I could be a completely ignorant person here, but that's exactly why I'm asking this.

Why does an engineering team need a non-technical manager? What exactly is his job?

I mean, I do understand the need for tech leads, which as far as I know, is all we need; that is, someone to provide technical guidance as to how to do certain things or someone to review my code, etc.

But I don't see why we need a manager whom I only ever interact with in cases when he comes to me and asks what I'm doing and when I am going to finish my projects, etc, or if I need anything from him (which I usually don't because most if not all of my professional needs can only be fullfilled by someone who can actually code), all of which seems rather redundant given the availability of various project-tracking tools (jira, bugzilla, pivotal, confluence, etc)

That seems like a rather waste of resource, does it not? (And I dont think a manager's salary is anywhere lower than 120k!)

Edit (in response to answer below): - We already have a product manager whose job is to make sure the products being built will be useful to clients/users.

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    A question nearly identical to this is on programmers.SE. – Telastyn Sep 27 '14 at 3:41
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    The manager's greatest value to you is in buffering you, as much as possible, from all the non-technical stuff the company requires in order to function. – keshlam Sep 27 '14 at 3:43
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    I absolutely agree with @keshlam. Moreover, you are trying to judge his/her work from an apparently small slice of it which is visible to you. You have no idea of the full scope of her responsibilities. Btw have you considered politely asking her? That would give you a much better answer than all our guesses here combined ;-) – Péter Török Sep 27 '14 at 4:29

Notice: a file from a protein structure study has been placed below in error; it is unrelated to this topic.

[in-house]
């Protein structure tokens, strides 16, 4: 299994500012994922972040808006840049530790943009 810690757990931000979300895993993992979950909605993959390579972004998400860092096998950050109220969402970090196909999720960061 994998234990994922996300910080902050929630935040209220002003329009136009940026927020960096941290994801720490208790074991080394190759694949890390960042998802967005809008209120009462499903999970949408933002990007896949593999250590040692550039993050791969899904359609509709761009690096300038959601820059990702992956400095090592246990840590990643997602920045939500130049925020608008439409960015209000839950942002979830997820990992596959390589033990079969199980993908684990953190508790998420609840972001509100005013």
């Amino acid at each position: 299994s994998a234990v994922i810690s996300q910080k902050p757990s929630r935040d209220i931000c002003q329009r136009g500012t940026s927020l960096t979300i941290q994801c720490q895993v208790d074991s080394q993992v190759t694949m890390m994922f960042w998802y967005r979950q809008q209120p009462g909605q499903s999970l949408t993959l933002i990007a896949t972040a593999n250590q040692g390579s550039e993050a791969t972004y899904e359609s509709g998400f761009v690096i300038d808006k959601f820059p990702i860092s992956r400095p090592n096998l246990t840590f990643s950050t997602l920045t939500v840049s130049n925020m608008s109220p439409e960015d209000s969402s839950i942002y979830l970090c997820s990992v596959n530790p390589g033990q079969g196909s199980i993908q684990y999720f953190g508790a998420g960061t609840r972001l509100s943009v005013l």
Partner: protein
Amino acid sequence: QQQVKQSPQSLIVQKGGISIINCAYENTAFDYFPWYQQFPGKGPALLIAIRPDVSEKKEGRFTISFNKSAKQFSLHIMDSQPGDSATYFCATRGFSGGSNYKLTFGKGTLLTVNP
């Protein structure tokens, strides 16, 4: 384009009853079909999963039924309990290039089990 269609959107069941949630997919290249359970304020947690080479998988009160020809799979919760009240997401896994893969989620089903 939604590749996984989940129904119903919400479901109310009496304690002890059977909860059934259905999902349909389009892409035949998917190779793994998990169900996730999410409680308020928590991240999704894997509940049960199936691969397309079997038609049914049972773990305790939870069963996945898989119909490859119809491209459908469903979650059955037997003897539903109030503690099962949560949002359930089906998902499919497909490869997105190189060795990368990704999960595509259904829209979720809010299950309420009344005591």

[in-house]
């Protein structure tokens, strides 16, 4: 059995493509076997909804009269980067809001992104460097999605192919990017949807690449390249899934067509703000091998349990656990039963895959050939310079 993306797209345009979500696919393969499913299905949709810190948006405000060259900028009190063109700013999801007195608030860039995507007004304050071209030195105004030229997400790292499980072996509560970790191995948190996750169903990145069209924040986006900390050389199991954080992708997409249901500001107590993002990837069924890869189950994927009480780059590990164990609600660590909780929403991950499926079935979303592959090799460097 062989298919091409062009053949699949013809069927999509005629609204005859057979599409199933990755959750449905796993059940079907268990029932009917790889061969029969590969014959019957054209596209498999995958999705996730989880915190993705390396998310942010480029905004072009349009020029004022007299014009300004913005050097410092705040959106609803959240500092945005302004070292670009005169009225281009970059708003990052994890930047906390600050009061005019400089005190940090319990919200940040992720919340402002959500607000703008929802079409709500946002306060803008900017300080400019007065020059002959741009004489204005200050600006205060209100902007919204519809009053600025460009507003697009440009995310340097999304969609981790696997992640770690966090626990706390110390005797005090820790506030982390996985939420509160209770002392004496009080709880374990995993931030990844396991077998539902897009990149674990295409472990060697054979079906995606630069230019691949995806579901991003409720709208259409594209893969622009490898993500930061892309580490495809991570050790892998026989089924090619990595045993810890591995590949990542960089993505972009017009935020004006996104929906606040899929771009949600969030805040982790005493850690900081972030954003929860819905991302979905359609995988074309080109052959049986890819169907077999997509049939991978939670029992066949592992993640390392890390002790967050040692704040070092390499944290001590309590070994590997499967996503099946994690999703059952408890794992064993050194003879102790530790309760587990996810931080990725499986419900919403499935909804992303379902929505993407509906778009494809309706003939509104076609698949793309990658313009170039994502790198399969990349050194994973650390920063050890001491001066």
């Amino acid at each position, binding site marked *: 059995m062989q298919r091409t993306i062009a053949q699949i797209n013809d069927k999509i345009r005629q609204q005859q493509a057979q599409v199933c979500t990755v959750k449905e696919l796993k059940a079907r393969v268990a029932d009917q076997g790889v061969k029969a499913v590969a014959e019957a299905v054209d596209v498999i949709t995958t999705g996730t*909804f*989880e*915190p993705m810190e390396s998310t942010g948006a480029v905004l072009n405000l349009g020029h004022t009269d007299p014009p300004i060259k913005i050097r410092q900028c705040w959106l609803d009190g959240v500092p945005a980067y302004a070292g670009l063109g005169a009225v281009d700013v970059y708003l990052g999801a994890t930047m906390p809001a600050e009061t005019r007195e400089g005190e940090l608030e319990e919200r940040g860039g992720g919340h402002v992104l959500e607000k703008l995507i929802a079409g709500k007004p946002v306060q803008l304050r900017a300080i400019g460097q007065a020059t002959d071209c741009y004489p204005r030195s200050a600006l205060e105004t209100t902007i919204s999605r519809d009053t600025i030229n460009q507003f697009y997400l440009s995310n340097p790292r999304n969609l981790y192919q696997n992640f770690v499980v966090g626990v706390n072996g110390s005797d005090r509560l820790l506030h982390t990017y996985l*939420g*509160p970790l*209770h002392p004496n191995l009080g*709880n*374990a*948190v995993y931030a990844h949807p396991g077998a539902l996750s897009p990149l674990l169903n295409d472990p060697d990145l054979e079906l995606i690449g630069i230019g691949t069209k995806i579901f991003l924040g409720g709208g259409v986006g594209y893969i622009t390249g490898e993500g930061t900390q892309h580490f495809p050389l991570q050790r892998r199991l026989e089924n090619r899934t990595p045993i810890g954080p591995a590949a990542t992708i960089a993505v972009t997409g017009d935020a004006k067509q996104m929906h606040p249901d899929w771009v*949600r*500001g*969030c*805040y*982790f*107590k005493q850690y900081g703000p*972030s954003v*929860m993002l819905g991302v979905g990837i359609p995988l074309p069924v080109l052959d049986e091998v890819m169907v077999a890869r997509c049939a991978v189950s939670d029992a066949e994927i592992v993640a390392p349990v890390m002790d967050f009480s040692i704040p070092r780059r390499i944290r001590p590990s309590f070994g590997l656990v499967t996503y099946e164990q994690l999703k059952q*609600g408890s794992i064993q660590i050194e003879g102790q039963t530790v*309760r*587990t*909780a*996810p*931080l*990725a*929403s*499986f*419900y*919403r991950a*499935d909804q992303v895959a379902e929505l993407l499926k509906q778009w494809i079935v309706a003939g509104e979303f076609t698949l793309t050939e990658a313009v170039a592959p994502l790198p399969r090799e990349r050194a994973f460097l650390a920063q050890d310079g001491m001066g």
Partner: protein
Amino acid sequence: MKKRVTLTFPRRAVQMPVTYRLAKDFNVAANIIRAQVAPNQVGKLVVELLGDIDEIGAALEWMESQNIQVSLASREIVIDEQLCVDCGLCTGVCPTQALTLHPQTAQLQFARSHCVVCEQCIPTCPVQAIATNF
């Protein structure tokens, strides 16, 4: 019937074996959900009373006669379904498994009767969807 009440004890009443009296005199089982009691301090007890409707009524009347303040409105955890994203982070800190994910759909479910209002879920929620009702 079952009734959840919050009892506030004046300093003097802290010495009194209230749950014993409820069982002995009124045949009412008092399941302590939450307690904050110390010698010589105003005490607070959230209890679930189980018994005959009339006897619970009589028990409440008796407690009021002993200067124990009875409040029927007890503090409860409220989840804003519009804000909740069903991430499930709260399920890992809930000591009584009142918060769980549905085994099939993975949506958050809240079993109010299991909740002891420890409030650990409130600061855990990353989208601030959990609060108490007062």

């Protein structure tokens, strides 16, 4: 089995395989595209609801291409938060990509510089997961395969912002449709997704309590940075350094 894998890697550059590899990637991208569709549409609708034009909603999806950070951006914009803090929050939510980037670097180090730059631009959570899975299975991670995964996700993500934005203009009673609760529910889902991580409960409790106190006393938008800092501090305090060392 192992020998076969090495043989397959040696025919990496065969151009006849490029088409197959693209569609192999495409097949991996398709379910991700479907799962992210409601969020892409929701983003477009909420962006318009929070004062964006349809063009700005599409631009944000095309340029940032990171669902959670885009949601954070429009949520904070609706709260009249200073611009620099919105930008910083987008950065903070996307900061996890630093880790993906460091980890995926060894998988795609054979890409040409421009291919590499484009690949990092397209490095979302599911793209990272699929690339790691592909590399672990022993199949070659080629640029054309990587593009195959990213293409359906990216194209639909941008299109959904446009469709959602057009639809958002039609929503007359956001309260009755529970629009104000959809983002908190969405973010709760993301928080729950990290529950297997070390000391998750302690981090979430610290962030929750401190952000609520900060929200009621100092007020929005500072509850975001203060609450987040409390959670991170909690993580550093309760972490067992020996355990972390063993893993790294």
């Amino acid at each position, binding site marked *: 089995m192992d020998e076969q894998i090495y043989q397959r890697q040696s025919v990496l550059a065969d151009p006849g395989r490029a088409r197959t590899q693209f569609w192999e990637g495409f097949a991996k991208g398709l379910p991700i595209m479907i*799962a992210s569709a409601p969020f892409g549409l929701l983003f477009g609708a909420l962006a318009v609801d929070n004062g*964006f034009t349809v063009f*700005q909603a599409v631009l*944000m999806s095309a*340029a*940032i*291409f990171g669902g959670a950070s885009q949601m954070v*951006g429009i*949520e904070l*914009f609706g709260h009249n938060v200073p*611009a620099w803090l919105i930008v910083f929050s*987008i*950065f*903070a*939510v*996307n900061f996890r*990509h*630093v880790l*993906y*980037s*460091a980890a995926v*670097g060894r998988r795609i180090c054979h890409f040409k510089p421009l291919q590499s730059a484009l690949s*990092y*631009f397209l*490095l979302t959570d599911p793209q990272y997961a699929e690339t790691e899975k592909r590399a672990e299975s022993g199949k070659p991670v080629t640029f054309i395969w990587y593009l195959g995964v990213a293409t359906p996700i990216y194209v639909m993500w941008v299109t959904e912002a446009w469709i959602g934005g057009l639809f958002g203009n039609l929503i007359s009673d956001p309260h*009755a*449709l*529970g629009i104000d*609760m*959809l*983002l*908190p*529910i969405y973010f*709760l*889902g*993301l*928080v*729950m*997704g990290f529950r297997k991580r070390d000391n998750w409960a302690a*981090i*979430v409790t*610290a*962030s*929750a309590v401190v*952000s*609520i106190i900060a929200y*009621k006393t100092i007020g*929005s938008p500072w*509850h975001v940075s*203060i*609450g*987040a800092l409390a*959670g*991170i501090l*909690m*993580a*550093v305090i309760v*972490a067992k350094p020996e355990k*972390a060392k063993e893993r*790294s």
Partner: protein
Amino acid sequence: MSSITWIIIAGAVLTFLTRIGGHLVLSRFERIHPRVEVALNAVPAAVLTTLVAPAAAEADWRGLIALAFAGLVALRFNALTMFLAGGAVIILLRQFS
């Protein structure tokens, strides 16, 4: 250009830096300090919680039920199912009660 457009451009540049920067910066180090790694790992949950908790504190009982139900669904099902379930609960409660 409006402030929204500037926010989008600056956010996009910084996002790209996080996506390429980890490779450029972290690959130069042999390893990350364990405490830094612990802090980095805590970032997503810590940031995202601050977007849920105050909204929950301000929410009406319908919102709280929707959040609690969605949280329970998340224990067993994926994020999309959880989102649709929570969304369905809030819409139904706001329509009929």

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    Lots of unknowns in this question - what is your role, how big is your team, how many engineers and other staff are there below the manager? That's just a start – HorusKol Sep 29 '14 at 0:01
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    Lots of good reasons to have a non-technical manager in a team. The biggest is that they know how to communicate with non-technical people in a way that is unnatural and difficult for engineers. They can act as an ambassador for the team so progress and requirements can be effectively shared with other non-techs in the company. – Myles Sep 29 '14 at 20:25

Here're my guesses:

To make sure the product is progressing as envisioned by the business.

Monitor that work is on track and evaluate any impact it could have on other projects should your resource is overrun. To watch for risks and, ideally, mitigate them.

To offer a non-technical perspective.

To have knowledge of the project so he is able to effectively communicate with clients and update his managers on the status of the project.

To keep you motivated and keep an eye on any conflicts within the team working on the project)

EDIT: Also he might just have an interest in the project. Or want to make sure you're not over-worked and stressed. He could even be trying to build up your relationship, or at least become more familiar with your attitudes/how you work. Slightly more outlandish ideas, I know, but not impossible.

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